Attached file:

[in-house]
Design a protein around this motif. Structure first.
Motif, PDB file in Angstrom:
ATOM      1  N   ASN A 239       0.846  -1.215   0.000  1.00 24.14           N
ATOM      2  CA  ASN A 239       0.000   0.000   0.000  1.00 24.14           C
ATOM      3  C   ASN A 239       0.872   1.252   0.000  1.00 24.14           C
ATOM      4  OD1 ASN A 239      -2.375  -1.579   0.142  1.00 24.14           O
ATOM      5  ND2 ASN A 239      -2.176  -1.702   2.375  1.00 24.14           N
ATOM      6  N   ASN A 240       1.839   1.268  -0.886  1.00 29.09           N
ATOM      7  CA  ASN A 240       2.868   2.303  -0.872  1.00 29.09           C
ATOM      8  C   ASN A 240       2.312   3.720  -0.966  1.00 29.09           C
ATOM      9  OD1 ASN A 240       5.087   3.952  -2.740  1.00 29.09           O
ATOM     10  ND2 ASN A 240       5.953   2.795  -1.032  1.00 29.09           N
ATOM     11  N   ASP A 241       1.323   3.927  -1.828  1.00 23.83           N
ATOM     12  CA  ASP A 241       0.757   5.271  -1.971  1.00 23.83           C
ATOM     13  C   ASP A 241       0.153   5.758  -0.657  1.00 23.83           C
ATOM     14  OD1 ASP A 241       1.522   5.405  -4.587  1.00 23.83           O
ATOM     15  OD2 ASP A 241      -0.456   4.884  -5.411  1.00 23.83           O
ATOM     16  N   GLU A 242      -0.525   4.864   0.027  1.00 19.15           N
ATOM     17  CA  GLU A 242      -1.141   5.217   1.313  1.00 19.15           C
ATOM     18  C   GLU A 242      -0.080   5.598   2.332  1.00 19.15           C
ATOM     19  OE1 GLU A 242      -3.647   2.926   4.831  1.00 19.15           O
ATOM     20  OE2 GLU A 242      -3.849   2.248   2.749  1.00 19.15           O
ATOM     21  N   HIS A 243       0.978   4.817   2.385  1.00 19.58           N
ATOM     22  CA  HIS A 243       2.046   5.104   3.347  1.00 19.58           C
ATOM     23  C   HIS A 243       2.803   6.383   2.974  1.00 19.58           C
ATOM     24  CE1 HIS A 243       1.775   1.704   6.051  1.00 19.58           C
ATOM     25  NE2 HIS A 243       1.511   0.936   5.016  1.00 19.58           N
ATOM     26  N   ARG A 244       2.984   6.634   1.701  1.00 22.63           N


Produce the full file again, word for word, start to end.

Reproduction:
[in-house]
Design a protein around this motif. Structure first.
Motif, PDB file in Angstrom:
ATOM      1  N   ASN A 239       0.846  -1.215   0.000  1.00 24.14           N
ATOM      2  CA  ASN A 239       0.000   0.000   0.000  1.00 24.14           C
ATOM      3  C   ASN A 239       0.872   1.252   0.000  1.00 24.14           C
ATOM      4  OD1 ASN A 239      -2.375  -1.579   0.142  1.00 24.14           O
ATOM      5  ND2 ASN A 239      -2.176  -1.702   2.375  1.00 24.14           N
ATOM      6  N   ASN A 240       1.839   1.268  -0.886  1.00 29.09           N
ATOM      7  CA  ASN A 240       2.868   2.303  -0.872  1.00 29.09           C
ATOM      8  C   ASN A 240       2.312   3.720  -0.966  1.00 29.09           C
ATOM      9  OD1 ASN A 240       5.087   3.952  -2.740  1.00 29.09           O
ATOM     10  ND2 ASN A 240       5.953   2.795  -1.032  1.00 29.09           N
ATOM     11  N   ASP A 241       1.323   3.927  -1.828  1.00 23.83           N
ATOM     12  CA  ASP A 241       0.757   5.271  -1.971  1.00 23.83           C
ATOM     13  C   ASP A 241       0.153   5.758  -0.657  1.00 23.83           C
ATOM     14  OD1 ASP A 241       1.522   5.405  -4.587  1.00 23.83           O
ATOM     15  OD2 ASP A 241      -0.456   4.884  -5.411  1.00 23.83           O
ATOM     16  N   GLU A 242      -0.525   4.864   0.027  1.00 19.15           N
ATOM     17  CA  GLU A 242      -1.141   5.217   1.313  1.00 19.15           C
ATOM     18  C   GLU A 242      -0.080   5.598   2.332  1.00 19.15           C
ATOM     19  OE1 GLU A 242      -3.647   2.926   4.831  1.00 19.15           O
ATOM     20  OE2 GLU A 242      -3.849   2.248   2.749  1.00 19.15           O
ATOM     21  N   HIS A 243       0.978   4.817   2.385  1.00 19.58           N
ATOM     22  CA  HIS A 243       2.046   5.104   3.347  1.00 19.58           C
ATOM     23  C   HIS A 243       2.803   6.383   2.974  1.00 19.58           C
ATOM     24  CE1 HIS A 243       1.775   1.704   6.051  1.00 19.58           C
ATOM     25  NE2 HIS A 243       1.511   0.936   5.016  1.00 19.58           N
ATOM     26  N   ARG A 244       2.984   6.634   1.701  1.00 22.63           N